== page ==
The photograph is titled “The Prisoner.” In it, a girl stares pensively from a window with no glass, gripping its metal frame with both hands. Her house is like a patchwork quilt knitted from shards of wood and metal. Crooked lengths of grey tin form a decrepit and leaking roof. She is reminiscent of a fairy-tale heroine, locked away and dreaming of the world outside the walls that surround her.
The photographer, Marta Lopez, was six-years-old when she captured this image of her friend who lives - like thousands of others - among piles of waste in Guatemala City’s vast rubbish dump. Marta was one of the first participants in Fotokids, an organisation that aims to lift children out of poverty by giving them the opportunity to earn a creative living.
Originally called “Out of the Dump”, the organisation was founded in 1991 by Nancy McGirr, a former Reuters photographer who covered many of Central America’s civil wars during the 1980s. After two of her colleagues were shot by members of the US-sponsored military forces in El Salvador she decided to move to Guatemala to take a look at how the conflicts were impacting human life outside of the fighting.
Even by Latin American standards, the social indices for Guatemala are alarming, with an estimated 55 percent of the country’s population living below the poverty line. Over half of the country’s population is under 18-years-old and its dilapidated public education system is only able to serve 20 percent of the country’s children. The result is an oversized and extremely young workforce with limited employment options.
This grim reality partly explains how Nancy ended up strolling through Guatemala’s largest rubbish dump. Spanning forty acres, this pit of decomposing waste is one of the largest and most toxic in Central America. Here household rubbish and recyclables rot alongside discarded medical supplies and deteriorating animal and human remains. Nancy was drawn to the lives of the approximately 1,000 children living in the landfill. Many of them worked alongside their parents, searching through the waste for items such as clothes, cardboard and glass, to resell to middlemen at a phenomenally low price.
“I was walking around with my camera,” Nancy recollects, “and it suddenly dawned on me - why not give the children cameras and see how they would photograph the dump. How it would be reflected through their eyes.” She formed a photography class, giving an instamatic camera to each of six local children attending a school run by nuns on the edge of the dump. In the class the group were taught about composition, lighting and subject matter. For assignments they were encouraged to document their lives. “The pictures astonished me,” she says. “I knew I had found a way of letting them express themselves and giving them confidence in their own creative inspirations.”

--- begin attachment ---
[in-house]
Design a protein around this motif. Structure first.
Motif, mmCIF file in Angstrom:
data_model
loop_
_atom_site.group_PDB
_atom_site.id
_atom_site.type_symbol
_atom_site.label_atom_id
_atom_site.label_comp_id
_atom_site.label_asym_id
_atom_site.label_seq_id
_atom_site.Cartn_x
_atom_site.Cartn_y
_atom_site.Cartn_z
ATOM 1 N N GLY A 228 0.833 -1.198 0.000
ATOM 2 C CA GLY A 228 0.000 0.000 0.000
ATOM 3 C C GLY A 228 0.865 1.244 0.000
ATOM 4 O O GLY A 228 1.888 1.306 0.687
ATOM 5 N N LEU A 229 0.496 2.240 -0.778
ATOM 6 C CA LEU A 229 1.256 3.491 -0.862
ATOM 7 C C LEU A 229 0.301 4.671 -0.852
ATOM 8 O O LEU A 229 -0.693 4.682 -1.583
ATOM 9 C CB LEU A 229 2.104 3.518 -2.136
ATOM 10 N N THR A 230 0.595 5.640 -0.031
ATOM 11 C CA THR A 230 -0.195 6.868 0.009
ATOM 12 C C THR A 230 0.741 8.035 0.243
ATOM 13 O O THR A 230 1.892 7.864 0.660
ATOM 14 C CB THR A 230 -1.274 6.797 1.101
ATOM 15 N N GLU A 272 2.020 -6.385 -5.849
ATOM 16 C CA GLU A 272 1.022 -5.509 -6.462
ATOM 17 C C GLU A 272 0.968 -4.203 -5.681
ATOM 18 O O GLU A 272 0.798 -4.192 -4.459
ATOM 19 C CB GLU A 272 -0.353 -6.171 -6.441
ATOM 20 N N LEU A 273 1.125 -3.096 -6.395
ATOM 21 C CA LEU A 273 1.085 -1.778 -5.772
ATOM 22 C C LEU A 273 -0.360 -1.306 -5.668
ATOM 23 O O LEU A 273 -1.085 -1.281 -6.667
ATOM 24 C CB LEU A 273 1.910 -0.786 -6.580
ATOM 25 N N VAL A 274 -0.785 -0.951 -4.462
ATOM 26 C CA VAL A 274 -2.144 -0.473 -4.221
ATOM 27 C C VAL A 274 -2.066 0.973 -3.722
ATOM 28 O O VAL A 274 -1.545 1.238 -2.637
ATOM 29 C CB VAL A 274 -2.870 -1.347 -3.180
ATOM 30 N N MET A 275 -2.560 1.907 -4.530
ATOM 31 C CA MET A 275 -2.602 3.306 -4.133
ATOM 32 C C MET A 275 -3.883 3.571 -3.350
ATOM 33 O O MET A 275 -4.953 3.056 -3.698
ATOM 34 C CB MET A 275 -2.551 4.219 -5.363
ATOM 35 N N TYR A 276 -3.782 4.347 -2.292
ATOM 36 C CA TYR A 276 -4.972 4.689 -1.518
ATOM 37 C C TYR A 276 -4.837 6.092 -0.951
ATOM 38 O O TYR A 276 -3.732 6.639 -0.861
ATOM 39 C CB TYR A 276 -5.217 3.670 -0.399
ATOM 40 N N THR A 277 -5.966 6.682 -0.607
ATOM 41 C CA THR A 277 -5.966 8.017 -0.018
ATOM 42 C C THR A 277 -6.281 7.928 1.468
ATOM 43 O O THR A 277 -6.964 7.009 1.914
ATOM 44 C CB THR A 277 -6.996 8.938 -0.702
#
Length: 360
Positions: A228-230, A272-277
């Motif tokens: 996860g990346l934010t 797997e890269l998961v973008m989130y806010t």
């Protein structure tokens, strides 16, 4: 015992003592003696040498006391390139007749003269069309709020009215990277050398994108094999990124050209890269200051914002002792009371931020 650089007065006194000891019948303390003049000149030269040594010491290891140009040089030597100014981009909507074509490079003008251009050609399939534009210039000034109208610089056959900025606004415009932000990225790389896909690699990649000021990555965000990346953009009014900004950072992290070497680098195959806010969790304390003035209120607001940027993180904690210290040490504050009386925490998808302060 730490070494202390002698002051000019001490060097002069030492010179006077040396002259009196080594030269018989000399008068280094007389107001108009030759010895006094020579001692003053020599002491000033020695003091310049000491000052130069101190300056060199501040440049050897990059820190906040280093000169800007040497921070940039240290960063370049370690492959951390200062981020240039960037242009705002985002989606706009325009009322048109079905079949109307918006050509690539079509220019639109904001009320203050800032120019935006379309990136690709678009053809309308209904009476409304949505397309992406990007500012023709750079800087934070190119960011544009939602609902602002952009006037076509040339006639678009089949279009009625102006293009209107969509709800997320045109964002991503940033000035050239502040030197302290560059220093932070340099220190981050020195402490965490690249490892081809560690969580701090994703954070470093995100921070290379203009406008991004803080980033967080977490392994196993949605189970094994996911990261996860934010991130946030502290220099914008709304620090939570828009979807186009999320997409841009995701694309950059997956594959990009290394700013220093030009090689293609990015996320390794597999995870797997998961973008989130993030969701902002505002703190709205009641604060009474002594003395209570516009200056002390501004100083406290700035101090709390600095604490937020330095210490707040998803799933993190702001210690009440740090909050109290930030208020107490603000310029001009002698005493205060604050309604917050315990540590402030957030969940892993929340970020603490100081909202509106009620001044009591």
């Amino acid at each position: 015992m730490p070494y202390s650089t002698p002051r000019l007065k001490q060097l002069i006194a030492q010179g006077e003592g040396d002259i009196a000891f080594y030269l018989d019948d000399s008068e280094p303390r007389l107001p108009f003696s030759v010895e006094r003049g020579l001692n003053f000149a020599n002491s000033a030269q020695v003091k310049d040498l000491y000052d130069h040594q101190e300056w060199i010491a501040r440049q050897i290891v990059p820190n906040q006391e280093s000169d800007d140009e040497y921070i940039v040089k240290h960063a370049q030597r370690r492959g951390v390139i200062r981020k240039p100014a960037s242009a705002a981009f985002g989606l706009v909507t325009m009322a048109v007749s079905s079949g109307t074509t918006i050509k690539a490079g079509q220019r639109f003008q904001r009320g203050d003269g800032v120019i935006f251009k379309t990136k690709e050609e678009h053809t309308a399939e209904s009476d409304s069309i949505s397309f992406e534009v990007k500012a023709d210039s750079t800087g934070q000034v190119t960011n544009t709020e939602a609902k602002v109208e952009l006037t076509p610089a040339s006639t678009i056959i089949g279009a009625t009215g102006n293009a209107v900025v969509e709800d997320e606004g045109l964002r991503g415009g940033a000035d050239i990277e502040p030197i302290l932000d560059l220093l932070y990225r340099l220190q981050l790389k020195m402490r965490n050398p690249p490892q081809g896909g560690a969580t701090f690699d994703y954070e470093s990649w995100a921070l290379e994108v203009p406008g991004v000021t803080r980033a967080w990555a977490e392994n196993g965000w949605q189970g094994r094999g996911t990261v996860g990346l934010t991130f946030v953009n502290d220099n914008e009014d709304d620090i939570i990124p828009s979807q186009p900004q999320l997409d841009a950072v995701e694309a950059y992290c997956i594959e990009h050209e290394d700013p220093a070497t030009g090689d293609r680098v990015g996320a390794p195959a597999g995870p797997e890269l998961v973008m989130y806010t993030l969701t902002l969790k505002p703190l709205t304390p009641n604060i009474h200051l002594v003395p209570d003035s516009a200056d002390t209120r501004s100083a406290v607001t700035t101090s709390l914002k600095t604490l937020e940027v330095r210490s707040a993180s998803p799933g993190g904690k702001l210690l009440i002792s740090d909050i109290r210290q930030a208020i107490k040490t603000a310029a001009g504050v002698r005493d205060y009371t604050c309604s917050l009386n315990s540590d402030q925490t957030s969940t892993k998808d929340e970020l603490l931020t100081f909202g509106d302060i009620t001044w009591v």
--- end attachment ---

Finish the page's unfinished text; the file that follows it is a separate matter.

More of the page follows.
In a picture entitled “My Dad Throws Clothes Around When He’s Drunk”, Adelso Ordonez, 10, photographed his younger sister standing in their bedroom surrounded by the clothes that their father had flung around the night before. Adelso later told Nancy that he took the photograph “as a record”. Another image by Benito Santos, 10, titled “The Glue Sniffers”, shows two local boys aged no older than eight, who have been rummaging through the dump, staring boldly and wide-eyed at their friend taking the picture.
Nancy initially intended the classes to last for just six months, at which point she would resume her role as war photographer. Instead, the project took on a life of its own. “Suddenly we were getting funding opportunities and exhibition offers,” she recalls. “I started to become attached to the kids and no longer
The Gluesniffers, Benito Santos, 10wanted to leave.” The group moved from their initial base above a mechanics shop in the dump to a local church with space for two classrooms and a dark room. The organisation also started to generate additional funds from the sale of students’ photographs, with profits split evenly between the photographer and the organisation. By 1996, as Guatemala’s 36-year civil war drew to a close, they began expanding to other locations in the country and opened a project in neighbouring Honduras. The funds raised permitted them to begin to employ the older students within the organisation both as teachers to the younger ones and in administrative roles. In this way the organisation’s impact is three-fold, helping its students develop employable skills, giving them a means for self-expression and discovery, and creating secure job opportunities.
Guatemala urgently needs these things. The country emerged from the civil war profoundly scarred. The systematic problems that had sparked the left-wing rebellion in 1960 remain intact. Although a country with the potential to be one of the strongest economies in Central America - due to the strength of its sugar, coffee and banana industries - social indices have steadily declined. Guatemala is now the most unequal country in the world, after Brazil. Income tax remains frozen at a meagre 10 percent, yet most of the country’s elite systematically evade payment, arguing that in paying they are losing their money to a corrupt government. This goes some way to explaining why Guatemala continues to have among the lowest levels of government social investment in the region (representing 1.7% of the GDP). This makes up only 12 percent of the revenue needed to cover bare minimum social spending on public services, health care and education. The elites’ accusations of corruption are not unfounded, although ironically they are responsible for perpetrating it. Guatemala is ranked in the top four most corrupt countries in the world. The police service is corrupt to the core; crime is committed with near impunity, with only 2 percent of homicides resulting in a court sentence.